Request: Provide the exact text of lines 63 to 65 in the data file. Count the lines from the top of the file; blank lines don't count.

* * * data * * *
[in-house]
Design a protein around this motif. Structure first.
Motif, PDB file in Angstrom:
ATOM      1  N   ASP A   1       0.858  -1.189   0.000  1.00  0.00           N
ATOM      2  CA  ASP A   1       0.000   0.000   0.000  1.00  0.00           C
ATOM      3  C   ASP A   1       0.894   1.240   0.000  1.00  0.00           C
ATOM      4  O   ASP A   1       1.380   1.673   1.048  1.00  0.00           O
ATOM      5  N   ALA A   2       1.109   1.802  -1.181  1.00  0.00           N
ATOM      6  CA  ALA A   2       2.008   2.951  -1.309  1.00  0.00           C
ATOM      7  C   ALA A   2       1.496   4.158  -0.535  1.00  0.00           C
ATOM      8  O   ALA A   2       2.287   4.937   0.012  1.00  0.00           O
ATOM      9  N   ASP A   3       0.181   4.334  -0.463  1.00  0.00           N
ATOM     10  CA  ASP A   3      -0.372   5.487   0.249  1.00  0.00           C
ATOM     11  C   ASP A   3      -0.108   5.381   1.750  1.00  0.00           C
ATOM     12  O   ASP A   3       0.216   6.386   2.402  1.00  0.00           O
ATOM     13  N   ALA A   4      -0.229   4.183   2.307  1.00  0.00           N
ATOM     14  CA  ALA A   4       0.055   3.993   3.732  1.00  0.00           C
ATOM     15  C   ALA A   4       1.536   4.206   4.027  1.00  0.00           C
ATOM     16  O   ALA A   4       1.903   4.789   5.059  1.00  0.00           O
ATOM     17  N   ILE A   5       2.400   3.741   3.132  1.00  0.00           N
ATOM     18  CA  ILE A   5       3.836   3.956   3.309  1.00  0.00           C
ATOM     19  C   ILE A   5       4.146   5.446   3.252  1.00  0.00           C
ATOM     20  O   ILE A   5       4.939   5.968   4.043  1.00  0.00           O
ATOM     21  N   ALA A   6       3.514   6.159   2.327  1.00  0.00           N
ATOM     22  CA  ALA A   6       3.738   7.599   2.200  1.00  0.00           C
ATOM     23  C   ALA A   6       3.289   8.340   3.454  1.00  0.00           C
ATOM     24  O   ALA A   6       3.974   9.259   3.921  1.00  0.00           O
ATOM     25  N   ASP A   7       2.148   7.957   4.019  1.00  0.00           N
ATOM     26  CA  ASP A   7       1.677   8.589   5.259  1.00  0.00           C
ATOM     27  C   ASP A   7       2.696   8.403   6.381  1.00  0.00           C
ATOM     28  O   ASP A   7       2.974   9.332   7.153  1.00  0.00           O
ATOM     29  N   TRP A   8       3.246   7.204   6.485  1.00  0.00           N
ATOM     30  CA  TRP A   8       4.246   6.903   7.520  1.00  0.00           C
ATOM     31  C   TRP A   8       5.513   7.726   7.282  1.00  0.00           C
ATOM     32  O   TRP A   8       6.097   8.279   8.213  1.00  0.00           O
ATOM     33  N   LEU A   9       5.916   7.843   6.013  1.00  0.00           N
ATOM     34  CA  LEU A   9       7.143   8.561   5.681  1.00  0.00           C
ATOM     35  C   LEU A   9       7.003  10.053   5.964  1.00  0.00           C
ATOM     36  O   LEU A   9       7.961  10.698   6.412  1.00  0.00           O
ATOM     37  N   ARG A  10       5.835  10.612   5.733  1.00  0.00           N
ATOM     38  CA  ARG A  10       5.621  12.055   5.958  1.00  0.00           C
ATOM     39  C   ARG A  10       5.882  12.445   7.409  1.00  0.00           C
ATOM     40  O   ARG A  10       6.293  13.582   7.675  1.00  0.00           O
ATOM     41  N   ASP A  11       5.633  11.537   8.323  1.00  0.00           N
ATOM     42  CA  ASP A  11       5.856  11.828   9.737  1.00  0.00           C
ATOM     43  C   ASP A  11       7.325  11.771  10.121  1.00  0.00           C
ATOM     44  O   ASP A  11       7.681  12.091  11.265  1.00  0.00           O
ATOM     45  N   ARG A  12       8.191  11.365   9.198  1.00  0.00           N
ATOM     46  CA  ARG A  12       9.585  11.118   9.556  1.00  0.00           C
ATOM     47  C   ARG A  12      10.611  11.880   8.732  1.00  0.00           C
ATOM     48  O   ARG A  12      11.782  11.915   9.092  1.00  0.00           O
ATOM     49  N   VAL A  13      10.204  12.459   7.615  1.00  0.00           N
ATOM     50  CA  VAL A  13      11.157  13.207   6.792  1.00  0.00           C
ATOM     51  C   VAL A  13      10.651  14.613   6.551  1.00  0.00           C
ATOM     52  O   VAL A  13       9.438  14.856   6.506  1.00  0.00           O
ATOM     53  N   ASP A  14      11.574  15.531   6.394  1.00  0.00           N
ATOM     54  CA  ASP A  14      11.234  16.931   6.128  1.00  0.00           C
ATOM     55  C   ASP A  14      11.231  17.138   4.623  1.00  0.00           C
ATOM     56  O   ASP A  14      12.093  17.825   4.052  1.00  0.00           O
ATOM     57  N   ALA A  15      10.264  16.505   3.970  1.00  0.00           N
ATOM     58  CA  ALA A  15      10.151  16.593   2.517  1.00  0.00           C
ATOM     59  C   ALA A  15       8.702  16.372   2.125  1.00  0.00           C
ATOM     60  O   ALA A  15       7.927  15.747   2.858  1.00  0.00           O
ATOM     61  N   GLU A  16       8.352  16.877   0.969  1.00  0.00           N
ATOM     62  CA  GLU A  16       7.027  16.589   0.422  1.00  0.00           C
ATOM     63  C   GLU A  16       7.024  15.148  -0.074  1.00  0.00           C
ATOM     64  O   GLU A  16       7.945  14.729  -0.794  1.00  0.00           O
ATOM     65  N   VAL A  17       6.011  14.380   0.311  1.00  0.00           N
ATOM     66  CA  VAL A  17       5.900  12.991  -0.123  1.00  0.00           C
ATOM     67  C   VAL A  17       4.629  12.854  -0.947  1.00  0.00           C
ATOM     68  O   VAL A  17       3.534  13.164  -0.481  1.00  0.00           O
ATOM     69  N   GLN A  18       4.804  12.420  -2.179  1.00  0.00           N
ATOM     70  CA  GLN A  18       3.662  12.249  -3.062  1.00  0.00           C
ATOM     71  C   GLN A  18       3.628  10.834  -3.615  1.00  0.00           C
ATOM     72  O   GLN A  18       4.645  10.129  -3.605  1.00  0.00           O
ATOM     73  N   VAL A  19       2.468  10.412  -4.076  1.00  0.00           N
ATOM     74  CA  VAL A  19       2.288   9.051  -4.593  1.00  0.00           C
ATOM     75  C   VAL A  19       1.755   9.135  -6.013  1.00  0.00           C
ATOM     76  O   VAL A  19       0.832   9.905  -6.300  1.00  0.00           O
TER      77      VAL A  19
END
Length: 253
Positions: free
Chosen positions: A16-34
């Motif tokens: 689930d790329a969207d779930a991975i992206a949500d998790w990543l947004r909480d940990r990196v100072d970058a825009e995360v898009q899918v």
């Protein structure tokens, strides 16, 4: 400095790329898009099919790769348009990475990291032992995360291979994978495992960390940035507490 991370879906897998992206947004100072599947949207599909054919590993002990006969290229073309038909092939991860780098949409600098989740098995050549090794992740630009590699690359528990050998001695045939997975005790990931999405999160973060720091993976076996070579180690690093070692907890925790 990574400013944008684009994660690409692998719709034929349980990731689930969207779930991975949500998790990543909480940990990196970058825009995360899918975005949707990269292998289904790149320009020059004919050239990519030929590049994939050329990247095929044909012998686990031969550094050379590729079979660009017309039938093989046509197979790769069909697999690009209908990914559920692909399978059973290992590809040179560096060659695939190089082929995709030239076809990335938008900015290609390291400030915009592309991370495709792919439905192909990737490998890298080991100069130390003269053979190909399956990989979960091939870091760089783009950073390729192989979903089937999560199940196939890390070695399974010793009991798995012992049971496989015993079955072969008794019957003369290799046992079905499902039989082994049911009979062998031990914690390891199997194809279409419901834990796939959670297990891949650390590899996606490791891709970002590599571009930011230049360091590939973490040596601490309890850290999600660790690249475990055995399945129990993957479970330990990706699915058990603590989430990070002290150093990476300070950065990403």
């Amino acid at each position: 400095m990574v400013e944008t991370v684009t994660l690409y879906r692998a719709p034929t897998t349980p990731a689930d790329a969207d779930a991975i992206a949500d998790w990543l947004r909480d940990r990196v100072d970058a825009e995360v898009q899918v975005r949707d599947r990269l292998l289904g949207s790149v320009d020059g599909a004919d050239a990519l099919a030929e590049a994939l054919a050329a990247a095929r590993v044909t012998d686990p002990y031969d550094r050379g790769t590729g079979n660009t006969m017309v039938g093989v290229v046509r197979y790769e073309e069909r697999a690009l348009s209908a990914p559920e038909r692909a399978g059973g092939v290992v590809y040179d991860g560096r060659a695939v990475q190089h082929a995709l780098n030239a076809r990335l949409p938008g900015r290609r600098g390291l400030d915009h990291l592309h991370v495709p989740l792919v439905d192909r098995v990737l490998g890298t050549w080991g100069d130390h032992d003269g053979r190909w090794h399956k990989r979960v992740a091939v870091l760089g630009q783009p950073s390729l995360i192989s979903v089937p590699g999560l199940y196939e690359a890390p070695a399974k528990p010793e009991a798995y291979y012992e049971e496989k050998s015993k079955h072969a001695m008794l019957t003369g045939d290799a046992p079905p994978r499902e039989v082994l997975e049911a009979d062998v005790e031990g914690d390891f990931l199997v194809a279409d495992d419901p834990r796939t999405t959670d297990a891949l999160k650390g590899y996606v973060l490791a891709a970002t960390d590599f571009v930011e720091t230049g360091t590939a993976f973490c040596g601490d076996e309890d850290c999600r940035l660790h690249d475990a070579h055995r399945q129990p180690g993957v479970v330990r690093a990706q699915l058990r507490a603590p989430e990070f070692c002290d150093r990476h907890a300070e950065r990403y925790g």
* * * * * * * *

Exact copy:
ATOM     60  O   ALA A  15       7.927  15.747   2.858  1.00  0.00           O
ATOM     61  N   GLU A  16       8.352  16.877   0.969  1.00  0.00           N
ATOM     62  CA  GLU A  16       7.027  16.589   0.422  1.00  0.00           C